Friday, May 11, 2012

Record audio output

So, here's the story. We live in a web-radio era / audio-streaming world.
The old-days audiotape is no longer helpful in recording sounds around us.

Thus, after some headache, this is my modern "Linux audiotape", which I use to record.

Basically, it relies on pulseaudio (I'm running alsa with pulseaudio on my arch distro).
In particular, this script queries pulseaudio to know which is the first audio sink installed in the system (that is, the first audio source that is currently being directed to the output soundcard) and creates a dummy sink which is used to take the output and redirect it into a file.

Then, since we do not want to fill up our disk with raw pcm directed to the speakers, the signal is pipe'd into an ogg encoder, which silently compresses our data and stores it into disk.


sinksIndex=`echo list-sink-inputs | pacmd | grep index | head -1 | sed 's/^.*index:\s\([0-9]\+\).*$/\1 /'` # Get wanted index

echo "Recording to audioRecord.ogg... CTRL+C to stop."

pactl load-module module-null-sink sink_name=audioRecord
pactl move-sink-input $sinksIndex audioRecord
parec -d audioRecord.monitor | oggenc -b 192 -o audioRecord.ogg --raw -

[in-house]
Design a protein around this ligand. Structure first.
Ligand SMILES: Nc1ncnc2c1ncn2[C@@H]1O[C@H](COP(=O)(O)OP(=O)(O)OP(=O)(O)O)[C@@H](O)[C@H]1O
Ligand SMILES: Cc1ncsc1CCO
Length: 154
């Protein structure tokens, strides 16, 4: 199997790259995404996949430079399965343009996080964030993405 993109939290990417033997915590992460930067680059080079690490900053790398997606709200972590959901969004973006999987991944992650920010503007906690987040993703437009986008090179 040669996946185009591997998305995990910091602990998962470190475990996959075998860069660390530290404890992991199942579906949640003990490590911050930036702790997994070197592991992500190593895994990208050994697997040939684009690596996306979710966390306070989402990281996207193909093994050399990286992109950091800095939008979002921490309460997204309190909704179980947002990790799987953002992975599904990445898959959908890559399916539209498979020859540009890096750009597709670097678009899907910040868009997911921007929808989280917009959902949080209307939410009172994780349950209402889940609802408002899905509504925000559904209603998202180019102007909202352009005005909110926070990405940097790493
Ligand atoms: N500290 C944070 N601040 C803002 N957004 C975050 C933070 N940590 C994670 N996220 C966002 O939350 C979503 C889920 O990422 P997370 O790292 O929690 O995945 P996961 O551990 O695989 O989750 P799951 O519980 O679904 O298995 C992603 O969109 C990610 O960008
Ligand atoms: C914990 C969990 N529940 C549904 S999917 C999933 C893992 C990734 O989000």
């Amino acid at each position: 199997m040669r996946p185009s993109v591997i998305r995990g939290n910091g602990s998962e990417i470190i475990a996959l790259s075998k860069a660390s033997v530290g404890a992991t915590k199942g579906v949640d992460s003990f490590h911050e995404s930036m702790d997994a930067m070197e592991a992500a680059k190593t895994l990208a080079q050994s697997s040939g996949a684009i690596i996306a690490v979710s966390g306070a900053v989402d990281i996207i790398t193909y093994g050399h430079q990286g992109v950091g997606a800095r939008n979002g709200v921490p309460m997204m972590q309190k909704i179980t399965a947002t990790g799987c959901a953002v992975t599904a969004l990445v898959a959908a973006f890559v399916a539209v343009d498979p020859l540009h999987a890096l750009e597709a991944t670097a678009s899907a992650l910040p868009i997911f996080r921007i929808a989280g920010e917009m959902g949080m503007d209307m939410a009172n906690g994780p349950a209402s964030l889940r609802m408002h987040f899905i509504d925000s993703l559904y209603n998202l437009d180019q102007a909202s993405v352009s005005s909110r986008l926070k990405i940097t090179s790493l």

The only important thing to consider, is that to record exactly what we mean to, we must stop any audio stream in the system, start the one which we want to grab, and then launch this script.

This will work with youtube, webradios, audio streaming services, and so long and so forth. To restore the audio setting, after the recording is over, you must restart pulseadio with:

pulseaudio --kill

And furthermore, the program which was generating must be restarted as well. Otherwise, no sound will be heard from your machine.

And by the way, if you want to hear what's going on in your recording, you can just launch something like 'vlc audioRecord.ogg': it will play you the recording while it's still writing the file! (thank you, Unix File System!)

Thursday, May 10, 2012

Check for logged users

At office, we have a cluster made of several machines used for performance experiments. We are not a lot of people, so we explicitly avoided installing software for launching experiments in a controlled way.

Nevertheless, seldom happens that someone remotely logs in and launches stuff, without noticing, for example, if other users were logged or where running programs, thus invalidating any output from (long) runs.

So, at last, I wrote the following bash script which, upon ssh login to the servers, outputs a fancy colored message telling that someone else is logged in (if any).


#for user in $(last | grep still | sort | uniq);

for user in $(last -Rw | grep still | sed 's/ .*//' | sort | uniq);
        if [ "$ME" != "$user" ]
                echo -en '\E[;31m'"\033[1mWARNING:\033[0m"   # Red
                echo -en '\E[;34m'"\033[1m \033[4m$user\033[0m \033[0m"
                tput sgr0
                echo -n "still logged in since "
                echo `last -RFw | grep $user | head -1 | awk '{print $4" "$5" "$6}'`

I've simply added this script to /etc/bash.bashrc, so that every user gets a warning message, if needed.